Easy Resources to Stop Unsolicited Mail, Emails and Telemarketing Calls

Beneficiaries can protect themselves from Medicare Advantage and Part D plan marketing misconduct by knowing the new marketing regulations, outlined in a recent article, and reporting incidents of misconduct to both 1-800 Medicare and their local Senior Medicare Patrol projects. Beneficiaries can also protect themselves from other kinds of insurance fraud, identity theft, and marketing scams by stopping unsolicited mail, email and telemarketing calls. See the resources listed below.

Stopping telemarketing calls

The National Do Not Call Registry gives people a choice about whether to receive telemarketing calls at home. Once your number has been on the registry for 31 days, most telemarketers should no longer call your number. If they do, you can file a complaint online or by calling 1-888-382-1222. You can register your home or mobile phone for free.

Also, your registration will not expire. Telephone numbers placed on the National Do Not Call Registry will remain on it permanently due to the Do-Not-Call Improvement Act of 2007, which became law in February 2008. Read more about it.

See the Federal Trade Commission’s Q&A section on the National Do Not Call Registry for more information.

California may also have some of its own ‘do not call’ lists for residents. Check the list of California’s state, county and city consumer protection offices for information.

Stopping unsolicited mail and emails

The Federal Trade Commission recommends contacting the credit bureaus for stopping credit card solicitations specifically, and the Direct Marketing Association’s (DMA) Mail Preference Service for stopping other mail and emails.

Credit Bureaus

The credit bureaus have a toll-free number that enables you to “opt-out” of having pre-approved credit offers sent to you for 5 years. Call 1-888-5-OPTOUT (567-8688) or visit optoutprescreen.com for more information. When you call, you’ll be asked for personal information, including your home telephone number, your name, and your Social Security number (which is optional). Your information is kept confidential and is used only to process your request to opt out of receiving pre-screened offers of credit.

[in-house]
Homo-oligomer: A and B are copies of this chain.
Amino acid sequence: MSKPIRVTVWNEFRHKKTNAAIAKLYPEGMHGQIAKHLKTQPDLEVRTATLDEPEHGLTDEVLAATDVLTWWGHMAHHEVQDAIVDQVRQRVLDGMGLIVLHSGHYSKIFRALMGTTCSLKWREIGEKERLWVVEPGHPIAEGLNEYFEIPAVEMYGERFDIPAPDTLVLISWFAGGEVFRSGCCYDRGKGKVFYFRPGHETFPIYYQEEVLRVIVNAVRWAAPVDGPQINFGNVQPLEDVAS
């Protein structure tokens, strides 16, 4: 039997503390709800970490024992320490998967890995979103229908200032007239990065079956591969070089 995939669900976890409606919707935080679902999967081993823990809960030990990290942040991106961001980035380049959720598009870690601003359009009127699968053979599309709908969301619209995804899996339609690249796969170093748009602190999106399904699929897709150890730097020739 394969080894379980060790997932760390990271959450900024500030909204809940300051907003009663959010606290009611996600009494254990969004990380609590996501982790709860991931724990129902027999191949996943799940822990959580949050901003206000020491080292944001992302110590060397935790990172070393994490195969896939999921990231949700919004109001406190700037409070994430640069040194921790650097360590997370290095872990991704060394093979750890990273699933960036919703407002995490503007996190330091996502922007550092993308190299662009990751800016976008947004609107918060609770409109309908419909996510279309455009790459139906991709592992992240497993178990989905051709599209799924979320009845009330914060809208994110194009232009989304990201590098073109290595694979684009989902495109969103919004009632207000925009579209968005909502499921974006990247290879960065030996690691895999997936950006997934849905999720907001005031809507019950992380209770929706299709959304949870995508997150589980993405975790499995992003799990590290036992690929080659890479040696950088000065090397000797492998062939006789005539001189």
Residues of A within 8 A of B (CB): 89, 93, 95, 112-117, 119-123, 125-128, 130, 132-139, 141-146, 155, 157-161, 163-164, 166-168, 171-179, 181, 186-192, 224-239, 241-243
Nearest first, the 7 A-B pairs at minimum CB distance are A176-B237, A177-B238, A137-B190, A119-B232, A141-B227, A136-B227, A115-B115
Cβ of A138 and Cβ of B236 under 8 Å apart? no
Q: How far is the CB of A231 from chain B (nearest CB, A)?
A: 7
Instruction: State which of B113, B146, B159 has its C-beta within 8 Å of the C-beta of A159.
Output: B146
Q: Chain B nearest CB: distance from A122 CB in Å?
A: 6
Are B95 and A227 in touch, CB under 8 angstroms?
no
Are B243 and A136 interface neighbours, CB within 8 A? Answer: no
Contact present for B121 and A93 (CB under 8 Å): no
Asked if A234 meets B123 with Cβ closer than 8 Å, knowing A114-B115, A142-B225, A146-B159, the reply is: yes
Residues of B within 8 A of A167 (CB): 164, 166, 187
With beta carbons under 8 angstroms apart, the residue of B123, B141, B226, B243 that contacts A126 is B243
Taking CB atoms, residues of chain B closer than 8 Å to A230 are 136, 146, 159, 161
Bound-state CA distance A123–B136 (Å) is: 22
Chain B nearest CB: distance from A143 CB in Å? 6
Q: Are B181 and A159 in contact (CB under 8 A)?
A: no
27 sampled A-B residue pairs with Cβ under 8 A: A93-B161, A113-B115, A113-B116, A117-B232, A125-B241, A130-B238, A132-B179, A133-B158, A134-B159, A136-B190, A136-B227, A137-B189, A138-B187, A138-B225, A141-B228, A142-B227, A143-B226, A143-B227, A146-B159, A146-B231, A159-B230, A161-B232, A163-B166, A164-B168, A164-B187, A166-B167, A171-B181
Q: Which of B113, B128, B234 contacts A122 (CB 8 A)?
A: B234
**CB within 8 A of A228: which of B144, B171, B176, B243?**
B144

In addition, you can notify the 3 major credit bureaus that you do not want personal information about you shared for promotional purposes — which helps eliminate unsolicited mail. Write your own letter or use the sample letter (see below) to limit the amount of information the credit bureaus will share about you.

Send your letter to each of the 3 major credit bureaus:

901 West Bond
Lincoln, NE 68521
Attn: Consumer Services Department

Name Removal Option
P.O. Box 505
Woodlyn, PA 19094

Equifax, Inc.
P.O. Box 740123
Atlanta, GA 30374-0123

Direct Marketers


The Direct Marketing Association’s (DMA) Mail Preference Service lets you opt out of receiving unsolicited commercial mail from many national companies for 5 years. When you register with this service (for a $1 fee), your name will be put on a “delete” file and made available to direct-mail marketers. However, your registration will not stop mailings from organizations that do not use the DMA’s Mail Preference Service. To register with DMA’s Mail Preference Service, go to dmachoice.org.


The DMA also has an Email Preference Service to help you reduce unsolicited commercial emails. To opt out of receiving unsolicited commercial email from DMA members, visit dmachoice.org. Your online request will be effective for 5 years.

See the FTC’s Bureau of Consumer Protection for more information.

Sample letter to credit bureaus


To whom it may concern:

I request to have my name removed from your marketing lists. Here is the information you have asked me to include in my request:

FIRST, MIDDLE & LAST NAME (List all name variations, including Jr., Sr., etc.)


PREVIOUS MAILING ADDRESS (Fill in your previous mailing address if you have moved in the last 6 months.)



Thank you for your prompt handling of my request.